“I still get all the IC papers so I know what’s going on and understand what is happening in the portfolio,” he explains. “But it was important for me to focus on the rest of the organisation and that is a challenge to do that. On the leadership team if you’re not responsible for it you’re not as attuned to the detail. Getting your head around what happens in tech, operations, data, HR, and corporate affairs is a big bit of learning.”
If he had to mark himself down on any areas of management Whineray says he wishes he’d spent more time, focus and money on technology.
“We are followers on the tech and data front,” he says. “I wish that I had grasped that needle a bit harder and pushed that. One of the things perhaps going from the CIO to CEO role is how to size those functions and push for the investment in them that is really needed. We need to lift ourselves from the data and tech point of view, we are later to it than other funds and I wished I’d pushed that a bit harder.”
Whineray’s legacy is demonstrated in the clarity of thinking and the transparency of reporting with NZ Super a clear leader in the responsible investment space, and a bold “growthy” portfolio accentuated by the strategic tilting strategy.
Now New Zealand Super – which turned 20 years old in November this year – is more than 200 people and manages NZ$64.4 billion ($39.2 billion), with a 20-year return of 9.5 per cent per annum. It was also recently announced as the top-performing sovereign wealth fund over 10 years by the International Forum for Sovereign Wealth Funds, with the top ranking for sustainability, governance and resilience; and all the while moving the investments to a sustainable finance approach.
“I’m proud of what the organisation has done,” Whineray says. “Adrian said you have to be careful to distinguish what happened because of you and [what happened] in spite of you. All of this is achievement, the whole guardians has done,” he says modestly. “We have real clarity about our beliefs and line strategy up with that.”
At the core of the portfolio is creating simplicity in portfolio construction and focusing the team on how to move from the reference portfolio to the actual portfolio.
“Out of that we have been quite clear in delineating who is responsible for a decision and accountable for the outcomes, we are clear in our approach to risk,” Whineray says. “We have taken plenty of risk along the way and are good at articulating that risk is not volatility, that is a certainty because of our portfolio, risk is liquidity or losing the support of stakeholders.”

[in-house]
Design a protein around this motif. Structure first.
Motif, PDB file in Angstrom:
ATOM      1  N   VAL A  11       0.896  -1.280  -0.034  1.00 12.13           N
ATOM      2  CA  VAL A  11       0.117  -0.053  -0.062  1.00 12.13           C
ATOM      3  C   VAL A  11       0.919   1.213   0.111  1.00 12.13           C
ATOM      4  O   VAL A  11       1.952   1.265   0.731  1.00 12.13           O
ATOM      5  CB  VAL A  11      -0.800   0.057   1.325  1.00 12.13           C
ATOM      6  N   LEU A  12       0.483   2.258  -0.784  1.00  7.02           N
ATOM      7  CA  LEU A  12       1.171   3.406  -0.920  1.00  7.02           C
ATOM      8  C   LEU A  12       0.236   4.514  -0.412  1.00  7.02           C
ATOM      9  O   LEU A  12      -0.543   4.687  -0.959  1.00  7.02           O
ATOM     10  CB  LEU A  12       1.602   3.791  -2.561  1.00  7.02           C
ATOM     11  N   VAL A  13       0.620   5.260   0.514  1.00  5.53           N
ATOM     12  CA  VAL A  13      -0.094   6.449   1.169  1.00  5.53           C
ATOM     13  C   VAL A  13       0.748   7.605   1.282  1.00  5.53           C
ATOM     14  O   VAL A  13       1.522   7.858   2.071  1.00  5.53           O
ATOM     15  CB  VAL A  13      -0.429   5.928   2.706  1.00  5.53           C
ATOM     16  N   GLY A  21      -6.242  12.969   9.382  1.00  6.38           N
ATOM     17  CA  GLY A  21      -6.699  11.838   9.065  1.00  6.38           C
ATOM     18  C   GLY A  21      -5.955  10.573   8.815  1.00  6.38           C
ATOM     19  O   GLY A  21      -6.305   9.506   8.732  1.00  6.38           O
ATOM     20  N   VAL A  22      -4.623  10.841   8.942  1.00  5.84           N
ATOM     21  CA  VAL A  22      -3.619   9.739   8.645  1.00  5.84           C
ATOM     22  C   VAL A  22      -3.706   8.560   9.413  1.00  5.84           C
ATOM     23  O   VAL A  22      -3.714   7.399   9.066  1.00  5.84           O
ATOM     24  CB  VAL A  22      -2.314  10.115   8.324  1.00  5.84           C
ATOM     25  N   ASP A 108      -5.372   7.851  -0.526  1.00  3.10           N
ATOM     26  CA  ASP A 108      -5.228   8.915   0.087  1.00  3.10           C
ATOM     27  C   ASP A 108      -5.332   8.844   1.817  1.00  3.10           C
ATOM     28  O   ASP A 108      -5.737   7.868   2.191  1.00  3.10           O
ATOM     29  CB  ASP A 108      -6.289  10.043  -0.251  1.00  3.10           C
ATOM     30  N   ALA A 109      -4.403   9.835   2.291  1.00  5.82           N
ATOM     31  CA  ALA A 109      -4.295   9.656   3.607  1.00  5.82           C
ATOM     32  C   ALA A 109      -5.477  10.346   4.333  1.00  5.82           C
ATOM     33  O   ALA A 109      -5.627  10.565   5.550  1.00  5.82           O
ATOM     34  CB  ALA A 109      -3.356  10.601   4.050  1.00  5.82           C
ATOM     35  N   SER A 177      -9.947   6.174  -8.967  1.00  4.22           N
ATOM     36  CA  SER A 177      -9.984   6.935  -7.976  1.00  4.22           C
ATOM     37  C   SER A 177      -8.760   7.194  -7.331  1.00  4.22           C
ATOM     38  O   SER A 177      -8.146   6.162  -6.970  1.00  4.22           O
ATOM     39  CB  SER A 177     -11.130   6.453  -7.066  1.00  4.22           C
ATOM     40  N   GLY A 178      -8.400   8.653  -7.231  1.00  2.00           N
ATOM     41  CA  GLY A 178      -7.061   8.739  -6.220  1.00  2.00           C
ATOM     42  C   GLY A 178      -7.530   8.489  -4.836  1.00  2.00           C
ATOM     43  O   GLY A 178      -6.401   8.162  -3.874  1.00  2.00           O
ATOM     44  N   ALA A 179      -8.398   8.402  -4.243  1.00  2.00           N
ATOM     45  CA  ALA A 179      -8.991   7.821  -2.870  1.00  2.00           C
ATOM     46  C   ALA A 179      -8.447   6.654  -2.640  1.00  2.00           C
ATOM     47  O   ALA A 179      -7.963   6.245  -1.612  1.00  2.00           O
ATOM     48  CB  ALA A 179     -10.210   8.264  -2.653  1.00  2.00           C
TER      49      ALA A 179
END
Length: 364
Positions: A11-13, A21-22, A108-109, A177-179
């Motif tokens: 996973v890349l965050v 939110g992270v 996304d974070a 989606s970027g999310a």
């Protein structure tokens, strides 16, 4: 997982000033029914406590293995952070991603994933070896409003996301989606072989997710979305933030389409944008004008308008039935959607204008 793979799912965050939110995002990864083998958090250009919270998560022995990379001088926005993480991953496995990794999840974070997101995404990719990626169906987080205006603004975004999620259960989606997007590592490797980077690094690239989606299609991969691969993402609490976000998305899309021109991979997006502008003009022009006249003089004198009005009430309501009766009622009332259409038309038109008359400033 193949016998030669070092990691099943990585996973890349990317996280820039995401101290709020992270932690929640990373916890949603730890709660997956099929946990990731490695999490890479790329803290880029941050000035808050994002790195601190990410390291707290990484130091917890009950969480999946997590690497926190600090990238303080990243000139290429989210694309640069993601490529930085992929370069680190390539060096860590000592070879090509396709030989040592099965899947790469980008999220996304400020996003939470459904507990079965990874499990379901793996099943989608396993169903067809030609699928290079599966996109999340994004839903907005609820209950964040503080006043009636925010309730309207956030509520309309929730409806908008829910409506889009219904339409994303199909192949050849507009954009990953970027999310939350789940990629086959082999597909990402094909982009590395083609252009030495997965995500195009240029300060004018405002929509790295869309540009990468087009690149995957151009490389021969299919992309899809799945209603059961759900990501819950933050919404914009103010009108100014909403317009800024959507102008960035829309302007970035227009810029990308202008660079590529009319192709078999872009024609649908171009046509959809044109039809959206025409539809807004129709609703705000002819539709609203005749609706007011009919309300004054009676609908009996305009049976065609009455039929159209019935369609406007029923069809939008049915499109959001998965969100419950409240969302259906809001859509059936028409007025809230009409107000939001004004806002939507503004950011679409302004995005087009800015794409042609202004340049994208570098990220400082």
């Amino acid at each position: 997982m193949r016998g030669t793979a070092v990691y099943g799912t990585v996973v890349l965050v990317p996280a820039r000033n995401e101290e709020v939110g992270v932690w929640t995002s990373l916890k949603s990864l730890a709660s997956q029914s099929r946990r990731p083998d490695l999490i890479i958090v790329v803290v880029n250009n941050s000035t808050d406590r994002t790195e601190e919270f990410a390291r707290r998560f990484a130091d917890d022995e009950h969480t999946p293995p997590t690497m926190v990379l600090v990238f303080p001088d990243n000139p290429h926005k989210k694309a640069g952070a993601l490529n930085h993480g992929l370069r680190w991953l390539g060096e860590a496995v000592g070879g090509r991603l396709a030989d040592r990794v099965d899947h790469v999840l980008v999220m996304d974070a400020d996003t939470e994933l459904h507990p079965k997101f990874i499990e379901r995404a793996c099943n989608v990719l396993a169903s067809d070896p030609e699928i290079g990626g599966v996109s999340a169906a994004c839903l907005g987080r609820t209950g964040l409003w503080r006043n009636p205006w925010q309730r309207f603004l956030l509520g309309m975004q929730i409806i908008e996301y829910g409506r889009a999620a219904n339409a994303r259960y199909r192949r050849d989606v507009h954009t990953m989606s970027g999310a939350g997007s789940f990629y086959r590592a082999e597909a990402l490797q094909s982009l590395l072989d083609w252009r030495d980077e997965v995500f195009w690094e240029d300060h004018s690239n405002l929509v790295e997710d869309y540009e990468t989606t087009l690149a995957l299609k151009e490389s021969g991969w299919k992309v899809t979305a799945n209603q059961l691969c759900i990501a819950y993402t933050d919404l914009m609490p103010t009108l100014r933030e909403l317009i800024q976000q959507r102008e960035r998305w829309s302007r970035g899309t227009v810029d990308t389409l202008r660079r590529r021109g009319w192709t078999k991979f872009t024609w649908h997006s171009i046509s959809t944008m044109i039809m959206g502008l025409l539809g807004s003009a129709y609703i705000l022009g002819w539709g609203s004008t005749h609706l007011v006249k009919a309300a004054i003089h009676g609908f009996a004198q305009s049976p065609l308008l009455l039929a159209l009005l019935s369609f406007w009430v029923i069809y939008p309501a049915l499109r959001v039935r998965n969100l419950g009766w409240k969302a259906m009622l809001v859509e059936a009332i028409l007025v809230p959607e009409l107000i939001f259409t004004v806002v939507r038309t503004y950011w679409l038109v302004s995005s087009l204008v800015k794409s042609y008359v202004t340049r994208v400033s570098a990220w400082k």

Building stakeholder support
For Whineray managing the funds’ risks is not just about modelling liquidity and investment outcomes but building stakeholder support through communication and education.
“When I first started as CEO in 2018 our annual report included a case study of what would happen if we had the GFC event again. We showed that in that case we would take a big hit and the numbers would be large, but that we understood that, and we think over the long term we will be paid for the portfolio we have,” he says. “One of the more gratifying things for me was when we went into 2020 and had a big drawdown from COVID, I was on the radio explaining we had gone from NZ$48 to NZ$35 billion because markets had gone off, and they understood it. It was vindication of that work around people understanding what we were doing and why. It was personally a good moment for me.”
Many chief executives find that once they’ve ascended to the top job, every now and then it gets a little bit lonely. There’s not a lot of room at the summit, but Whineray says he has been very focused on building the team and culture of the organisation including one of the fund’s values as “team not hero”.
“All of this has been produced by all of us,” he says. “This is important for us. We all succeed by all succeeding together.”
As Whineray leaves the fund where he’s grown up as a pension fund manager, he’ll take time out over the summer with his kids who are now all finished school and his wife who recently completed a PhD. He’ll be missed around the board table, but also at the “Culture Club” staff events, where the Goldfinger James Bond onesy and a karaoke microphone were never far away.